Q: What is the relationship between patents and affordable medicines?

A: When a pharmaceutical company has a patent in a country, it means it has a monopoly in that country for a certain amount of time. This means it can prevent other companies from producing, selling, or importing the medicine in that country for the duration of the patent term, which, according to World Trade Organization (WTO) rules, is a minimum of 20 years. This in turn allows companies to charge high prices because there are no competitors in the market.

In the absence of patents, multiple generic producers produce medicines, further driving the price down. Competition among different producers is the tried and tested way to bring prices down. Competition among generic manufacturers is what helped bring the cost of HIV and AIDS treatment down from over US$10,000 per patient per year in 2000 to $150 today. The absence of patents in India has also helped in the development of three-in-one HIV/AIDS medicines called fixed-dose combination pills, and formulations for children.

Q: Aren’t patents needed to stimulate innovation for new drugs by pharmaceutical companies?

A: An increasing number of studies have shown that while patent protection has increased over the last 20 years, the innovation rate has been falling, with an increase in the number of “me-too” drugs of little or no therapeutic gain. This undermines the case that is often made by the pharmaceutical industry that more patent protection would result in more investment in medical innovations.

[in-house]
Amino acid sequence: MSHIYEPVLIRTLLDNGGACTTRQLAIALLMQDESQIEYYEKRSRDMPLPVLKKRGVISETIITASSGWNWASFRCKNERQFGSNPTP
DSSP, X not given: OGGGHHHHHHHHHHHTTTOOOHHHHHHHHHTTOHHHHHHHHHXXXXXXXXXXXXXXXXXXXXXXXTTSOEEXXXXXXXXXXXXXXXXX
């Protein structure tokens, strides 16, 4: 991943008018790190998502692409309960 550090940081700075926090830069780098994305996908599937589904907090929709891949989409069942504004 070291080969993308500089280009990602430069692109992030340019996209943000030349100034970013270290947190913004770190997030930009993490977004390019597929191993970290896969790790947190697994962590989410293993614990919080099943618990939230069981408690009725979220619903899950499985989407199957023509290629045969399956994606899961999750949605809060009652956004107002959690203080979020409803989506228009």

A study published in 2005 concluded that 68 percent of the 3,096 new products approved in France between 1981 and 2004 brought “nothing new” over previously available preparations. Similarly, the British Medical Journal published a study rating barely 5 percent of all newly patented drugs in Canada as “breakthrough.” And a breakdown of over 1,000 new drugs approved by the US Food and Drug Administration between 1989 and 2000 revealed that over three quarters have no therapeutic benefit over existing products.

In addition, the 2006 report of the World Health Organization’s Commission on Intellectual Property, Innovation, and Public Health also found that there was no evidence that the implementation of WTO rules on patents in developing countries significantly boosts research and development in pharmaceuticals for diseases affecting developing countries.

Q: Does India not grant patents on medicines at all?